Kiki Okewale is easily one of the leading fashion designers in Nigeria today. She presides over the fast-growing Kiki Okewale fashion empire. It is indeed an empire that is fast evolving and she churns out extremely creative pieces from her stable.
A few days back, this beautiful wife of Lagos Fertility Doctor, Dr. Babatunde Okewale, the Medical Director of St. Ives was our guest on City People Instagram Live Chat during which she revealed how she set up her fashion business just a few years ago. Below are excerpts of the chat.
Can you share with us the steps that you took and how you’ve veered out to other branches?
When I got back to Nigeria, I worked with a couple of companies. This has always been my field but I knew that I had a passion for events and fashion. So when I was going to quit my paying job, I said to myself, what can I do? For events, I used to travel a lot and because I was trying to start a family I didn’t want to do something that I had to be traveling a lot so I started with fashion. I didn’t have a mentor or a friend or anybody so I had to mentor and groom myself. When I started, I didn’t know where to source for fabrics and all of that. What I did first was go to someone who made clothes and I said I wasn’t going to be the one sewing but then I wanted to have the basic knowledge. I don’t want to start a business and if someone doesn’t come to work then I’m stranded. People thought I was going to the high-end places but I went to the inner circle of it, where they are doing it raw. I took like three months for the learning and I started checking for fabrics. The first set of fabrics that I bought, I bought them on Alibaba, I didn’t know anybody and it was so strange. I was taking a risk buying online but I was willing to. I bought the first set and I nearly had a panic attack because I bought much. Luckily for me they came and I knew I wanted to have my own shoe and purse bridal set brand. So I started doing research to get information so I tell people to make sure they know what they are going into. I went ahead and learnt. I just made sure I filled my head with everything I wanted to do.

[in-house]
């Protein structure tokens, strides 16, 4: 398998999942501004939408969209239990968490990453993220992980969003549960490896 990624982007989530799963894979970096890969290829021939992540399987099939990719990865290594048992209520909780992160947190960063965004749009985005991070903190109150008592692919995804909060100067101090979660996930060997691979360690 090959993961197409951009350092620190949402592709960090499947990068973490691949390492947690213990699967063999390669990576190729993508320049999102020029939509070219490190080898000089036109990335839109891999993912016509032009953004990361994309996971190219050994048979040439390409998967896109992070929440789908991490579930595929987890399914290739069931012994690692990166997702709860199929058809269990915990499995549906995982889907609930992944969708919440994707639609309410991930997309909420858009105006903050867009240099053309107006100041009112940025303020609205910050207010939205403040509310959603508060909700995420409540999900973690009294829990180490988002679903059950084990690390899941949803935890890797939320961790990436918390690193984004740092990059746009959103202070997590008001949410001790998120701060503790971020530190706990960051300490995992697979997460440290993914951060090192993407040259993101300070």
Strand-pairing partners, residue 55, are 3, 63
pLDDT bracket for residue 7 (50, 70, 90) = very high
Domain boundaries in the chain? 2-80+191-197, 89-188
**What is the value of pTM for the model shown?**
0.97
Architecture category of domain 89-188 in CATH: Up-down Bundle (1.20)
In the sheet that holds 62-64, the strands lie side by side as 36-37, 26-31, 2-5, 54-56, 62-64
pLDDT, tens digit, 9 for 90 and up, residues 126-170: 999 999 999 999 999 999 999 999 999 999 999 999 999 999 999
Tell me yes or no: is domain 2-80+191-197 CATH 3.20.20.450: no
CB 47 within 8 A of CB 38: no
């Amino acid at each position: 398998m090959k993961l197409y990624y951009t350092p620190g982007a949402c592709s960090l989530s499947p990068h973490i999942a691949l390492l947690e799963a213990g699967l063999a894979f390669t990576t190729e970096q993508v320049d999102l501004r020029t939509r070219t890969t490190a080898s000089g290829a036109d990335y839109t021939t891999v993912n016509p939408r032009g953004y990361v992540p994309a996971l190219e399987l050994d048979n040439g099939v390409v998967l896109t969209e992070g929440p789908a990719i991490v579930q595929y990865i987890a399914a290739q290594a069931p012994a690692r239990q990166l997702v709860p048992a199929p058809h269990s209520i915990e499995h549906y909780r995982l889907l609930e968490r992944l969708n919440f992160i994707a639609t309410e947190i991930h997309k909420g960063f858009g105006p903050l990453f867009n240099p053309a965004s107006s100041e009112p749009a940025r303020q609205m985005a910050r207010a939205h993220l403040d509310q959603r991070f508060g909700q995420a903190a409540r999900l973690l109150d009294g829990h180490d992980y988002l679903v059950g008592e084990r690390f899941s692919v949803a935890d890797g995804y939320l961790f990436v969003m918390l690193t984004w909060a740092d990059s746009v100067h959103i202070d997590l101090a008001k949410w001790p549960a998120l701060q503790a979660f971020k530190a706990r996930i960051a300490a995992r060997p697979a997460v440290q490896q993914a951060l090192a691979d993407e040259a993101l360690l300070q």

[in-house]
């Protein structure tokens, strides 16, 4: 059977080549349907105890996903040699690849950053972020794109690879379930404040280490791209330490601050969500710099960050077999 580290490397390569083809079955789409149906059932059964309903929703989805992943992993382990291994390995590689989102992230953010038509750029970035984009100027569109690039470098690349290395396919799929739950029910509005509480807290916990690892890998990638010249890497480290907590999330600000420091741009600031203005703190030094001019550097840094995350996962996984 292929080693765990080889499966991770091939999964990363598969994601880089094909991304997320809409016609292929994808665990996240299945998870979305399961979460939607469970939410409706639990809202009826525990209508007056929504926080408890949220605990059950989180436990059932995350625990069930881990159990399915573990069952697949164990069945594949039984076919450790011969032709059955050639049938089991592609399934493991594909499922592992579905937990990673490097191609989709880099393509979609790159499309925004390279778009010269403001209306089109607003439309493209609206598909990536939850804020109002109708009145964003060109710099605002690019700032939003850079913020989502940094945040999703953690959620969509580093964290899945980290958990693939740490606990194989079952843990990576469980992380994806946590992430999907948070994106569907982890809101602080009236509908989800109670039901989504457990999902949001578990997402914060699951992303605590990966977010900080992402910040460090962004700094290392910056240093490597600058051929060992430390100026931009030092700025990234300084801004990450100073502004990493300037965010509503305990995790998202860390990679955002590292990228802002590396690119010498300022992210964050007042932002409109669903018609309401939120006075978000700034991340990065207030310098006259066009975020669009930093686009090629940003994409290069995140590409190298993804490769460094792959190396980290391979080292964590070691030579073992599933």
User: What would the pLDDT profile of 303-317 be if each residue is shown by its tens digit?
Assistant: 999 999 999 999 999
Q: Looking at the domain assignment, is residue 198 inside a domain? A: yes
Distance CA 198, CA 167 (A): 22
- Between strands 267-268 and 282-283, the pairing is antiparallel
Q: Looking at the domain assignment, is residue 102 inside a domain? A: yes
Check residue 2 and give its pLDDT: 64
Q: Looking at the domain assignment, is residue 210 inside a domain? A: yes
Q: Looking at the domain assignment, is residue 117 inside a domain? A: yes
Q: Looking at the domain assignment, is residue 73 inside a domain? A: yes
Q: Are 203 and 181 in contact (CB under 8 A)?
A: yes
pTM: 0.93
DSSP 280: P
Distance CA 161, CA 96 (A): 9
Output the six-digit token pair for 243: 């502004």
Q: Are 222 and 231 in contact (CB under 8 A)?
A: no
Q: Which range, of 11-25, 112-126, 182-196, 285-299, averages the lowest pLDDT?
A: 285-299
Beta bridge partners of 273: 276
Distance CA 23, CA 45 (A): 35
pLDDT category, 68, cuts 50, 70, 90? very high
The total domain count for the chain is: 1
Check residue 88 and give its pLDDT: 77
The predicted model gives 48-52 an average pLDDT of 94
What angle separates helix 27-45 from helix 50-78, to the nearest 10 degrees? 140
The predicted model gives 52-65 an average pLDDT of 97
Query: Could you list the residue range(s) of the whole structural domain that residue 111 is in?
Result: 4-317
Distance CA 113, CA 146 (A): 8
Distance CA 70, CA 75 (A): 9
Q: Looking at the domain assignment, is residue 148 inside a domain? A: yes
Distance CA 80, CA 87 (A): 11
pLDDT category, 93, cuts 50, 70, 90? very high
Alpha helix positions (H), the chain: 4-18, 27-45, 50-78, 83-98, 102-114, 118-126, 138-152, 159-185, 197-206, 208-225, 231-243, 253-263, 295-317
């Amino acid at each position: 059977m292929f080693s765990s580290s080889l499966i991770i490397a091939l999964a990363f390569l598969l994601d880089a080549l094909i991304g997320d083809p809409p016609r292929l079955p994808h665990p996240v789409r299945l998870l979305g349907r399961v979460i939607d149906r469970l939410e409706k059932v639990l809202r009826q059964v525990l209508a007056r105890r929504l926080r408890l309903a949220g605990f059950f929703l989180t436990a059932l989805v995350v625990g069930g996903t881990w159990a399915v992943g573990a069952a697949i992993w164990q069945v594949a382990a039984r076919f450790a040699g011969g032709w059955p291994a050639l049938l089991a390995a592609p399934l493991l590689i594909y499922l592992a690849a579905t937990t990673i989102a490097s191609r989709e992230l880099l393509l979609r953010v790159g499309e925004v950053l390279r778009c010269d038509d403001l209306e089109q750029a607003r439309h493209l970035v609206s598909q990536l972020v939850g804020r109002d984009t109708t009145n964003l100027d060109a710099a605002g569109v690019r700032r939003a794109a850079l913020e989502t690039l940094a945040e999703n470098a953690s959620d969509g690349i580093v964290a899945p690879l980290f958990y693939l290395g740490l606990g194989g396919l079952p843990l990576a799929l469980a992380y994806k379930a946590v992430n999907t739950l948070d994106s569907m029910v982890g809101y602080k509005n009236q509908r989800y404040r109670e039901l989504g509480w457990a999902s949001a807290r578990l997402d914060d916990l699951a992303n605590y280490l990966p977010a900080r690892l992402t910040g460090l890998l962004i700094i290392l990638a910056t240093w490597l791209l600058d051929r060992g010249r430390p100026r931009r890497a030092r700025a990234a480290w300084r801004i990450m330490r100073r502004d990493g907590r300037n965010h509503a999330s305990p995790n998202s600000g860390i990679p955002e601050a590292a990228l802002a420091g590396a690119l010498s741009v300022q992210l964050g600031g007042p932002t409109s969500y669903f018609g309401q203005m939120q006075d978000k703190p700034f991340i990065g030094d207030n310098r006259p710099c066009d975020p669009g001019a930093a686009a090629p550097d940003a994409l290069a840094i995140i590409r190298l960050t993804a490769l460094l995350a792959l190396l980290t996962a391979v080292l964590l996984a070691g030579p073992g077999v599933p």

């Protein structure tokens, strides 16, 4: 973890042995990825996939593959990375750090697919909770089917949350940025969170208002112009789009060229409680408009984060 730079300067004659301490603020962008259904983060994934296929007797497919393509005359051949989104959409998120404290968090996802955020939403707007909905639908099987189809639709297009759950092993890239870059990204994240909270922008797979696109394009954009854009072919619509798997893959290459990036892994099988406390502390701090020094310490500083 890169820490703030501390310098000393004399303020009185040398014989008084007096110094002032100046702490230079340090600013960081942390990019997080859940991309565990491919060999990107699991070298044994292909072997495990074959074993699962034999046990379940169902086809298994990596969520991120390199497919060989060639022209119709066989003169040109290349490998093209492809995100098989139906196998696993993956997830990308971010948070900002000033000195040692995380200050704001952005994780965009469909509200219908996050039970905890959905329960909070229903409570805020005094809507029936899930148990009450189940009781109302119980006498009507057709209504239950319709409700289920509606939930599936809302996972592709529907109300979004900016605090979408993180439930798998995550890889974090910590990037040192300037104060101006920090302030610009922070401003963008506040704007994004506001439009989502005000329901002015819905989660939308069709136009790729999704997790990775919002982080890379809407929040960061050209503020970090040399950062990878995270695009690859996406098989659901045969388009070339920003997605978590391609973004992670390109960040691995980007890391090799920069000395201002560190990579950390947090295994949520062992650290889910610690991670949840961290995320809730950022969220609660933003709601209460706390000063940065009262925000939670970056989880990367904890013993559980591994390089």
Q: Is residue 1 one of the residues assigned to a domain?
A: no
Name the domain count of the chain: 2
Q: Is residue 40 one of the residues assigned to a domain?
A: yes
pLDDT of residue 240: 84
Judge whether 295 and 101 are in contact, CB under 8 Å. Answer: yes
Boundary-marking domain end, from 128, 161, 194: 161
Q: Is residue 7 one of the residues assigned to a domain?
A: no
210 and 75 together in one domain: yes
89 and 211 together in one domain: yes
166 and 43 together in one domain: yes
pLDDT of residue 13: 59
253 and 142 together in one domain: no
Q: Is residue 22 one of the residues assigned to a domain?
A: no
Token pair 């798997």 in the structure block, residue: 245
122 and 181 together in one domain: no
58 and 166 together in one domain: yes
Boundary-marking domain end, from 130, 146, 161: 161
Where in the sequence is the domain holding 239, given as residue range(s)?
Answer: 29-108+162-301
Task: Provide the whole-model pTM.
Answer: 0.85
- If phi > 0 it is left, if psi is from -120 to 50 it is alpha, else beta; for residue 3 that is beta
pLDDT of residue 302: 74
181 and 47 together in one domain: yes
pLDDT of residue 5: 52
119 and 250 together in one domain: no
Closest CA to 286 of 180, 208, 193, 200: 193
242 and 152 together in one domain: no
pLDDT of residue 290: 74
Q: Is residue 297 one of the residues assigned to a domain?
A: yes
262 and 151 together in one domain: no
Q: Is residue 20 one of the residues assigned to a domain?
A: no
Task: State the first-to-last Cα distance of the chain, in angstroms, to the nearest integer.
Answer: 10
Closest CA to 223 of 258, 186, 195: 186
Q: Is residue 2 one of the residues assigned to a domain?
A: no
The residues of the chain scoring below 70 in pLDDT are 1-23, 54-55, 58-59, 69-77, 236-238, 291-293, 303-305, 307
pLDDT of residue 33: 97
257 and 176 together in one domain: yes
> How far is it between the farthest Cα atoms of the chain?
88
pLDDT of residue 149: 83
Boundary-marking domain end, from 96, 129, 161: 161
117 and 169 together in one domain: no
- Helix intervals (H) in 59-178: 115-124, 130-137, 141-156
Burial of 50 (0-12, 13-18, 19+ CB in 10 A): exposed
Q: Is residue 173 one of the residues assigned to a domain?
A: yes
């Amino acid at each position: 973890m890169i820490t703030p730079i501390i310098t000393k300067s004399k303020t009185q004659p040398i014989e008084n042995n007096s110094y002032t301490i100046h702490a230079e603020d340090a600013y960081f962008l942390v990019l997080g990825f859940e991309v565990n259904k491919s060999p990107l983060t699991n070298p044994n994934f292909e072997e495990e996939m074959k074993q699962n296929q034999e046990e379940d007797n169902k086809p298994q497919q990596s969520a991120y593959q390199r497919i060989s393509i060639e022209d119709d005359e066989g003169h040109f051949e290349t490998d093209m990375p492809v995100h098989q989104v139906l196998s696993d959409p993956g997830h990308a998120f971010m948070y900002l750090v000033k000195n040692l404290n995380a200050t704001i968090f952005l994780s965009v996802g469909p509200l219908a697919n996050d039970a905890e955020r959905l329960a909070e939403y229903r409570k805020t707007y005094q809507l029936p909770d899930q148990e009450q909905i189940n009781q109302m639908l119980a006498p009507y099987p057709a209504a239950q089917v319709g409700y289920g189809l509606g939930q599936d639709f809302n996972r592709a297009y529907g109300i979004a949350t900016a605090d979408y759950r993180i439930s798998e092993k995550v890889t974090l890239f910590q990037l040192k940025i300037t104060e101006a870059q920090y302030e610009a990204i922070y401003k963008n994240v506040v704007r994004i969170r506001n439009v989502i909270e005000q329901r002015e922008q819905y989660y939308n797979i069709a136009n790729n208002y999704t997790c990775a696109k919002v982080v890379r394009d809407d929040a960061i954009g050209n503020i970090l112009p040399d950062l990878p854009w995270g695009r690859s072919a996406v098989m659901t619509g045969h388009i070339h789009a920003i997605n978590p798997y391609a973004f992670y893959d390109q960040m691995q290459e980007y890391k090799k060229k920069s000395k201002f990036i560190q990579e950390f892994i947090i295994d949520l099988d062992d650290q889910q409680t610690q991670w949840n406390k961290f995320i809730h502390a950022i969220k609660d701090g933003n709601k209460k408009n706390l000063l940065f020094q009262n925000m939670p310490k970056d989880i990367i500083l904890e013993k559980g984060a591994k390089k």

Of course, I made a lot of mistakes along the line because I didn’t have anyone I could run to. But the journey has been so amazing because I started with selling fabrics deliberately. I wanted to make clothes but I didn’t have clients. I didn’t start with having a shop; I started from the booths in my car and one room in my house. I remember when I started my store and a woman came and said it was too scanty and she didn’t think she could shop there. And the truth is in life people will try to stop or discourage you and that’s why I have my mentorship class. I didn’t have a lot of support from people and it wasn’t intentional, I just didn’t have people enough around me. I didn’t go to university here so I didn’t have friends in my circle who want Aso Ebi.